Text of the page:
Gone Girl beats odds, revitalizes mystery genre

Photo courtesy of 20th Century Fox

Even though he is known for having a knack for filming twisted and maniacal deeds, director David Fincher has managed to make a movie that is at the same time luxurious, dreamy and discomforting.

Carrying over from his earlier works such as Se7en, Fight Club and Zodiac, Fincher has grown into one of the most mature modern directors working today. While Gone Girl may not be his best film to date, it surely is an excellent example of what a Hitchcockian movie would look and feel like during the iGeneration.

On the gloomy morning of their anniversary, Nick and Amy Dunne (Ben Affleck and Rosamund Pike) find themselves in trouble when Amy ends up missing. After calling the police and hiding several truths about Amy, Nick quickly becomes the primary suspect. Who is an easier target than a sociopathic husband whose wife has gone missing? Oh, but wait there’s more: financial issues, life insurance trouble, angry neighbors and even a note in Amy’s diary noting that Nick might kill her.

Viewers are left to ponder: are all of these clues red herrings, or do they actually point to Nick, a typical thirty-something American male who owns a bar and plays video games? To say anything more about the plot would be a crime; for those who have read Gillian Flynn’s novel, there should be no worries. The film, while it does reveal several missteps, is a near flawless adaptation. To make matters better, Flynn also wrote the masterful screenplay.

This movie spans a lengthy two and a half hours, and at times it feels much longer. Luckily, “boring” or “drawn out” do not accurately characterize the pacing and tone of the movie. Gone Girl slowly, but elegantly, reveals a disturbingly intense story. Countless plot twists and surprises invite viewers to look closer into Amy and Nick’s crumbling marriage; as their stories collide, we do not know whom to trust, which makes the viewing experience exhaustingly exciting.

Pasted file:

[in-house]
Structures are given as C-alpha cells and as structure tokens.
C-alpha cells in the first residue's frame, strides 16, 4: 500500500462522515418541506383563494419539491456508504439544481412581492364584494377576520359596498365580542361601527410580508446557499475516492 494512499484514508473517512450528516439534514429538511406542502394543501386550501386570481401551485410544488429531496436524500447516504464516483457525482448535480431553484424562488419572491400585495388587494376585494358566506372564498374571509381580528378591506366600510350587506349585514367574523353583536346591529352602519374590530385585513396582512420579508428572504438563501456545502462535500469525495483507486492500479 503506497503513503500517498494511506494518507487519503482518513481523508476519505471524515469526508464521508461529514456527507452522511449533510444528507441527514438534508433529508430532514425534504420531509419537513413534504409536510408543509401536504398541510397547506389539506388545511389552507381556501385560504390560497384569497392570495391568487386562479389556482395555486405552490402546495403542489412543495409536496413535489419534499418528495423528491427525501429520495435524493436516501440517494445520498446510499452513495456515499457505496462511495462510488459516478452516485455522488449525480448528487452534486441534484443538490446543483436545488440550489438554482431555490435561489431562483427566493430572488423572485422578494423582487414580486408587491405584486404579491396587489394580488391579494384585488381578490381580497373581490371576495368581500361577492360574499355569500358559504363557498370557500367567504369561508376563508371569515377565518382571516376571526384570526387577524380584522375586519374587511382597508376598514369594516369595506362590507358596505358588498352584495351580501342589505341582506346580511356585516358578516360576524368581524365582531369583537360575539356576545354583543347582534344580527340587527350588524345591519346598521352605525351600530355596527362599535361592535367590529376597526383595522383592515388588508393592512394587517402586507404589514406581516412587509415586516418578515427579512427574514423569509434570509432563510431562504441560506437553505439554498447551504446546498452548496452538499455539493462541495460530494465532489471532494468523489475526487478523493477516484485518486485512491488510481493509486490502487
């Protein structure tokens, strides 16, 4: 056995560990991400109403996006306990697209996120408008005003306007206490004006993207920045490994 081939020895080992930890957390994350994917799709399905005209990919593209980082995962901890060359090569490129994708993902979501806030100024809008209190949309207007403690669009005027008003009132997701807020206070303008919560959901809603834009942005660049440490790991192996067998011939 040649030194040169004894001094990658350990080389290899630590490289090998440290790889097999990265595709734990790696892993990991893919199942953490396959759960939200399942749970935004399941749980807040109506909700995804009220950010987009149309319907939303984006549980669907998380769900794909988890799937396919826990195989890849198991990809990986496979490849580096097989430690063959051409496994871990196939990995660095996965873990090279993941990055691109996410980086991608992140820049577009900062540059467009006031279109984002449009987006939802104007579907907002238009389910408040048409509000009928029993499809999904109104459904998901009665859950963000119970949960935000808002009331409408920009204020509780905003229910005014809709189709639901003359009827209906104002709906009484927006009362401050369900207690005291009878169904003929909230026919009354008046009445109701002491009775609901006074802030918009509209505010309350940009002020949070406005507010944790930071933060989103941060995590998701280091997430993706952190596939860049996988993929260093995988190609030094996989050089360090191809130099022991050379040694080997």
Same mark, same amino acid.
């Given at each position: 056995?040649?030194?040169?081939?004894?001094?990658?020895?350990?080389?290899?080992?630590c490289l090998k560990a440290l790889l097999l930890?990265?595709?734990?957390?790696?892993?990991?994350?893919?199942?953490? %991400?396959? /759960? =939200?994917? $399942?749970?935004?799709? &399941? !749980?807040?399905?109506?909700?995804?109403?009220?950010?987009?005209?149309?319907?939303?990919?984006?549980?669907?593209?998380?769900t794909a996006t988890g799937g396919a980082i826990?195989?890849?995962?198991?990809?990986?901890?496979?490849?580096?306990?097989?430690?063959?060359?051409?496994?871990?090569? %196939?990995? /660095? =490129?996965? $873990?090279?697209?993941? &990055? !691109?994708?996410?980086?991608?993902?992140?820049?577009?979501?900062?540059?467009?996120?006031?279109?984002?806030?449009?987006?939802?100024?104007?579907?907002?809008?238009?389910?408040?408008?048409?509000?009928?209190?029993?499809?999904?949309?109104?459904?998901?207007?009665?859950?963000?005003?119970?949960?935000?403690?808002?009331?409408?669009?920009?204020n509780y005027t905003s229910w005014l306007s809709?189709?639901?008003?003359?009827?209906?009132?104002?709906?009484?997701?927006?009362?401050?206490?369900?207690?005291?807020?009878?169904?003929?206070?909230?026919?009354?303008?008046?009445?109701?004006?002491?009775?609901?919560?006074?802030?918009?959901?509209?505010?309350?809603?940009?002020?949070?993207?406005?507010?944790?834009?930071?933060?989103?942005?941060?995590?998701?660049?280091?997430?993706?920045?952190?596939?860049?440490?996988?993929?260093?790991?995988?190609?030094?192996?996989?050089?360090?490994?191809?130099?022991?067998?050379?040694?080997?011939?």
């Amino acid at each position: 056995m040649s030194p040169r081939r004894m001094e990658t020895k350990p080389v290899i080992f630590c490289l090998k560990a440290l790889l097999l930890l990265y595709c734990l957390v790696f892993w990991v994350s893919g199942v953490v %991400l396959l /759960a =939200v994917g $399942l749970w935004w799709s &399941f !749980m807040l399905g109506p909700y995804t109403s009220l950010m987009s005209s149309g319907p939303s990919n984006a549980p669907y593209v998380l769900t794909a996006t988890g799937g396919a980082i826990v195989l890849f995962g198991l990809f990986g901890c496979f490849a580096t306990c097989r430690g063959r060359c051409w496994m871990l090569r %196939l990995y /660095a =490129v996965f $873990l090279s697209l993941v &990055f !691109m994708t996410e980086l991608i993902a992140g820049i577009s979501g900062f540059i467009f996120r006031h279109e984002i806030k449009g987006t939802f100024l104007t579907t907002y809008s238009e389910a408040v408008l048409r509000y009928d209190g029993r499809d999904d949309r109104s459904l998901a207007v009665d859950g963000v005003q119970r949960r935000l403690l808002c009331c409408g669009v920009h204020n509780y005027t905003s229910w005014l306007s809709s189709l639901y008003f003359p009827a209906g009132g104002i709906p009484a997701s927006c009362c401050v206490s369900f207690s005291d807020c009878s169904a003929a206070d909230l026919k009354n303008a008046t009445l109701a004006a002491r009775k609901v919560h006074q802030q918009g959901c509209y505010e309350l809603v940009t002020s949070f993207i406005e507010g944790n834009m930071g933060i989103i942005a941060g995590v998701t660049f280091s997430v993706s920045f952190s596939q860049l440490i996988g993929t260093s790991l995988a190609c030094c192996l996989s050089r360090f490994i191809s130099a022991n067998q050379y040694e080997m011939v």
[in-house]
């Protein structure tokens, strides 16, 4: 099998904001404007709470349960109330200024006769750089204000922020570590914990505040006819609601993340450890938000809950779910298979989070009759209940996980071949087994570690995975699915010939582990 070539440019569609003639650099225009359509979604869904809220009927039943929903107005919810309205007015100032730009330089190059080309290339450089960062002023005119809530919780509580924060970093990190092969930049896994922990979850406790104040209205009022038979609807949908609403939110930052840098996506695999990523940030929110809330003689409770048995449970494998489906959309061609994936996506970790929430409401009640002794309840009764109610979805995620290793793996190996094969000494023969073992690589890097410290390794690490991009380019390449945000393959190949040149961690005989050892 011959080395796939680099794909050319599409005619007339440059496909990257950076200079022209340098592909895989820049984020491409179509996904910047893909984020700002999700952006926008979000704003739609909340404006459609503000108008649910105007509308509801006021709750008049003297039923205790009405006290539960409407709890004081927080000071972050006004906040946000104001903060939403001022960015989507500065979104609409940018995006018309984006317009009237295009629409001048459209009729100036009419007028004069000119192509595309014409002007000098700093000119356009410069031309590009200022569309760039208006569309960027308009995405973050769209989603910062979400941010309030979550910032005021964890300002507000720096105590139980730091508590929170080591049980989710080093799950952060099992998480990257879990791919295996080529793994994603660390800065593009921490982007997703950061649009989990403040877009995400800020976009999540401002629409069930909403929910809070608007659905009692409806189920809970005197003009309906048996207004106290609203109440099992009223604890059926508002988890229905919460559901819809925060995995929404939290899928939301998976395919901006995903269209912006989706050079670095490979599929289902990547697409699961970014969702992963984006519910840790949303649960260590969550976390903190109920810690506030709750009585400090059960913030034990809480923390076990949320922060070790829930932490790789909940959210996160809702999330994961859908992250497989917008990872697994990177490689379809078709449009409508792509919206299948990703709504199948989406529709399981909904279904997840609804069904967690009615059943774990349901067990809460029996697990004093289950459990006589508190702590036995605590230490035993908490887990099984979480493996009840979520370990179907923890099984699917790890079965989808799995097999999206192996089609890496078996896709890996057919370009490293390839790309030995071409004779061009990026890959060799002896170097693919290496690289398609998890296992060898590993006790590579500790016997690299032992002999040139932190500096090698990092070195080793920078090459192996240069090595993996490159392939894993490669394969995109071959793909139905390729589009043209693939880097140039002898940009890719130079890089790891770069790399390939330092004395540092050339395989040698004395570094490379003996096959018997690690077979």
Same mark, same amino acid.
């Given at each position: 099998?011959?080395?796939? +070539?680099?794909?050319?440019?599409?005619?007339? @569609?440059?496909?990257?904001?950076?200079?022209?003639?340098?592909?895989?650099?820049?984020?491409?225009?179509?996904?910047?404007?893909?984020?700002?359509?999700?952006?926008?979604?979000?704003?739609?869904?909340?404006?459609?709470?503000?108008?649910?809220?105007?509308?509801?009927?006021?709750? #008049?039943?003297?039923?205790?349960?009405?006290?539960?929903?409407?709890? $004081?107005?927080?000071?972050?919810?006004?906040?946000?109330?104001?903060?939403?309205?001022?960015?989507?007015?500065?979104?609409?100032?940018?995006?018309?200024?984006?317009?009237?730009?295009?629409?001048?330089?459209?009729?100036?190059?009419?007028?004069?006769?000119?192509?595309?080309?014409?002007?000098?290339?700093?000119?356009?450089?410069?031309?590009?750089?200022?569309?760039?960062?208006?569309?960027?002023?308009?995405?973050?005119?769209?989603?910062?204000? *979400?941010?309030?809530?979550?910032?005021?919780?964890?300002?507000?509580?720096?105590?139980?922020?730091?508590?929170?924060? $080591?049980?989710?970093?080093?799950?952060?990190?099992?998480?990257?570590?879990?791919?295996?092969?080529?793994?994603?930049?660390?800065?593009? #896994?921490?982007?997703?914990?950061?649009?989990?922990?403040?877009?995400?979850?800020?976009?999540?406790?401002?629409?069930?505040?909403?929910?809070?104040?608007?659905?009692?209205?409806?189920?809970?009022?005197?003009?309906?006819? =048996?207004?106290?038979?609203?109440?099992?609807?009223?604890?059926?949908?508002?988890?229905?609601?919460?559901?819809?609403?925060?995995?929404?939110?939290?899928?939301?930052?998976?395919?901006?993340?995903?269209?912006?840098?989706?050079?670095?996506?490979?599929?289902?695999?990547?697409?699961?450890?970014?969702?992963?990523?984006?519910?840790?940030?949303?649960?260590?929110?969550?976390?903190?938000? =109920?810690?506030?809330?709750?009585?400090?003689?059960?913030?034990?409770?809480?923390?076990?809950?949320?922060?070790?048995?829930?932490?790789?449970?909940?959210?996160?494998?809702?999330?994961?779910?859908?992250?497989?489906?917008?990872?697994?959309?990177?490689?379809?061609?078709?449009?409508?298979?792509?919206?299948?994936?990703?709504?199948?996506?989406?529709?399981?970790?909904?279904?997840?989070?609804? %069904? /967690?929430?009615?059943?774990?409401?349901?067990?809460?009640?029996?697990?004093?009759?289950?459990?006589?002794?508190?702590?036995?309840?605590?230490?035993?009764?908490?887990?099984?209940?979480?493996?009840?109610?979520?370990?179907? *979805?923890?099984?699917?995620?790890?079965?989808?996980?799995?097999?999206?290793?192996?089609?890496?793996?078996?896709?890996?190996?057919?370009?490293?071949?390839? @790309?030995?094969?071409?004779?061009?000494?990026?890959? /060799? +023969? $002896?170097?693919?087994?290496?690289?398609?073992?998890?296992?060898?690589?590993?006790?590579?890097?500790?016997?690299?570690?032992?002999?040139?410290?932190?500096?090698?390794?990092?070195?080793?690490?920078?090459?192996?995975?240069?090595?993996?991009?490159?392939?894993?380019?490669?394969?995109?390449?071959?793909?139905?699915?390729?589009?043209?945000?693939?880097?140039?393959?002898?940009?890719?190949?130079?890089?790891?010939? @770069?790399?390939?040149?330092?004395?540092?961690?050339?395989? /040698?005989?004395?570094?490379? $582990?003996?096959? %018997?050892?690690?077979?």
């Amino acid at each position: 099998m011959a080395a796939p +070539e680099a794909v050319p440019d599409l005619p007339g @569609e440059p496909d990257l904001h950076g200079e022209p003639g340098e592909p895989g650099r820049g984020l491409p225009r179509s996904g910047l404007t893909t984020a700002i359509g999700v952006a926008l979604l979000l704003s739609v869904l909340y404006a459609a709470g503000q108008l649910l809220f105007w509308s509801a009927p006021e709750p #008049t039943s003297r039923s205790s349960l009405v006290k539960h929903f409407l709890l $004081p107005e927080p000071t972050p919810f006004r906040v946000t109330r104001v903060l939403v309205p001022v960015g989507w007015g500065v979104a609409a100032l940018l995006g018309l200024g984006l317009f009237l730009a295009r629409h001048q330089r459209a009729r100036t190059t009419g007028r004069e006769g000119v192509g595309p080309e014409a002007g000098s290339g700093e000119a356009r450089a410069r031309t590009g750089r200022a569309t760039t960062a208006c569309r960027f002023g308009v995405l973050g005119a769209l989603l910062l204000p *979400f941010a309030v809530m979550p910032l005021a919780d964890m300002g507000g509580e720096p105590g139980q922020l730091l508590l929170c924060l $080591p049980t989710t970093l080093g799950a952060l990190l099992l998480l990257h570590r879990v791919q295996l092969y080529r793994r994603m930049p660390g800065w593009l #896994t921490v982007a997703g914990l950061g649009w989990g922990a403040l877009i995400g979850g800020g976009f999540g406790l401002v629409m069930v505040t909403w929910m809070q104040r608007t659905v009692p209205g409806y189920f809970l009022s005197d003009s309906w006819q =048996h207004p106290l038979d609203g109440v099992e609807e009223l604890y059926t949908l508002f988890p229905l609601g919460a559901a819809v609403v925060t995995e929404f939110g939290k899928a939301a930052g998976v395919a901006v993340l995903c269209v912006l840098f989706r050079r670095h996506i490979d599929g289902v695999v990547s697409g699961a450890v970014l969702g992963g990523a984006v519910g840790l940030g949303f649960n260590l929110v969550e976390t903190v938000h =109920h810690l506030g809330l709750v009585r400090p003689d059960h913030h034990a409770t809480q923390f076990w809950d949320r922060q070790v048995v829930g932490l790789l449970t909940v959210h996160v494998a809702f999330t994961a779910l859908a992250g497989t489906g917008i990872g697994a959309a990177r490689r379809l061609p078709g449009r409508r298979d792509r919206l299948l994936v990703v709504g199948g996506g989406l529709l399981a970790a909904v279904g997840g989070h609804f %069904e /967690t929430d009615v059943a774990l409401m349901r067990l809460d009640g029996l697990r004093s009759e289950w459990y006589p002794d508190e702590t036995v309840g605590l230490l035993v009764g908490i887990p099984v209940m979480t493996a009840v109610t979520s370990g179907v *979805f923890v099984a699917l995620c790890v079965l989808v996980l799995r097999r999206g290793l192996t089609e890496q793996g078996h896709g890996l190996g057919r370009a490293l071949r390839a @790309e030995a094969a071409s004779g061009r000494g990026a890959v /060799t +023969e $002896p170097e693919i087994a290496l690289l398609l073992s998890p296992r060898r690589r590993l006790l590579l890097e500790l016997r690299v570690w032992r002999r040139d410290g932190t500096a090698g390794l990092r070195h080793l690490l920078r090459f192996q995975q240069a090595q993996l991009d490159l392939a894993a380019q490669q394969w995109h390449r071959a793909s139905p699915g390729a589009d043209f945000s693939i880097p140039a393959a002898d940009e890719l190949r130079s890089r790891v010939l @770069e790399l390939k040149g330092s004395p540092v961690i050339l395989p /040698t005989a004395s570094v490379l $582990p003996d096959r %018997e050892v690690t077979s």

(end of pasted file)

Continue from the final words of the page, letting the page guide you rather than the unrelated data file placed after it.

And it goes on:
Gone Girl’s dark, biting humor allows for more realism and connectivity as well. Fincher is known to complement his actors’ cold, intelligent expressions with the film’s muted, unsaturated look. Without a doubt, this film presents a beautiful cinematographic production.

The smart, witty dialogue does not come off as forcefully hip either. As we watch Amy and Nick’s romantic past, we can comfortably laugh and smirk over two writers exchanging playful sarcasm. The relationship between the actors (and their characters) is supported through strong chemistry, which makes the crumbling love that much more real and painful for the audience.

While Fincher exposes an array of suspenseful homages from the ‘50s and ‘70s, this modern film is unique in its examination of manipulative relationships, the economy and idiocy in the media.

Aside from the darkly funny and disturbingly sick themes, Gone Girl revels in the performance of Pike. She serves as the primary driver for the gripping quality the movie permeates.

While Affleck, Neil Patrick Harris (Desi, Amy’s ex-boyfriend), Carrie Coon (Nick’s twin sister) and Tyler Perry (Nick’s lawyer) expertly mold themselves as relatable people in a nightmarish world, Pike easily takes the trophy for the strongest performance.

Thankfully, Fincher’s ode to the arguably dying suspense genre is revitalizing. This is a high-end B movie that shouldn’t show Oscar season worthiness, and yet it does. This is a story that is so trashy, pulpy and messed up, that it seems ridiculous to call it intelligent or mesmerizing, and yet it is. Gone Girl is a must-see for any cinematic thrill-seeker.

Our Take: 4/5